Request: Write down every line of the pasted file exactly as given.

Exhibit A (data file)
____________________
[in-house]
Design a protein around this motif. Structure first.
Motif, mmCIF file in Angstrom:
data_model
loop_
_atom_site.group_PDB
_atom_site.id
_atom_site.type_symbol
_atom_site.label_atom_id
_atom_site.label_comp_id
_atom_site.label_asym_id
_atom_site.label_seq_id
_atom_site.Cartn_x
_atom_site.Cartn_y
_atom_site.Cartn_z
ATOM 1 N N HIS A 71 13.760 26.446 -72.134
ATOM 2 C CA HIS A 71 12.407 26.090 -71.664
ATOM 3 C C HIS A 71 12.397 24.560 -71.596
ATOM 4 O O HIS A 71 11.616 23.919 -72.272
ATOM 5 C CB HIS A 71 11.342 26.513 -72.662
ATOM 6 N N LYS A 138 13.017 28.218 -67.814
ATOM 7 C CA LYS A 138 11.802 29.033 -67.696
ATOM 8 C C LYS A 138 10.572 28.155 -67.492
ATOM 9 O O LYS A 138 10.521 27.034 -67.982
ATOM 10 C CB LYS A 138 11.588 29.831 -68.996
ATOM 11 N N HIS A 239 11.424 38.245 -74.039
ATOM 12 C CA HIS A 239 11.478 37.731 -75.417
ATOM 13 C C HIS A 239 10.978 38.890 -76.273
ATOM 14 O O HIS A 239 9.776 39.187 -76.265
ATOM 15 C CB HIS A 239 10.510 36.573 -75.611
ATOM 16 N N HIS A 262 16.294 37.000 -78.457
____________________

[in-house]
Design a protein around this motif. Structure first.
Motif, mmCIF file in Angstrom:
data_model
loop_
_atom_site.group_PDB
_atom_site.id
_atom_site.type_symbol
_atom_site.label_atom_id
_atom_site.label_comp_id
_atom_site.label_asym_id
_atom_site.label_seq_id
_atom_site.Cartn_x
_atom_site.Cartn_y
_atom_site.Cartn_z
ATOM 1 N N HIS A 71 13.760 26.446 -72.134
ATOM 2 C CA HIS A 71 12.407 26.090 -71.664
ATOM 3 C C HIS A 71 12.397 24.560 -71.596
ATOM 4 O O HIS A 71 11.616 23.919 -72.272
ATOM 5 C CB HIS A 71 11.342 26.513 -72.662
ATOM 6 N N LYS A 138 13.017 28.218 -67.814
ATOM 7 C CA LYS A 138 11.802 29.033 -67.696
ATOM 8 C C LYS A 138 10.572 28.155 -67.492
ATOM 9 O O LYS A 138 10.521 27.034 -67.982
ATOM 10 C CB LYS A 138 11.588 29.831 -68.996
ATOM 11 N N HIS A 239 11.424 38.245 -74.039
ATOM 12 C CA HIS A 239 11.478 37.731 -75.417
ATOM 13 C C HIS A 239 10.978 38.890 -76.273
ATOM 14 O O HIS A 239 9.776 39.187 -76.265
ATOM 15 C CB HIS A 239 10.510 36.573 -75.611
ATOM 16 N N HIS A 262 16.294 37.000 -78.457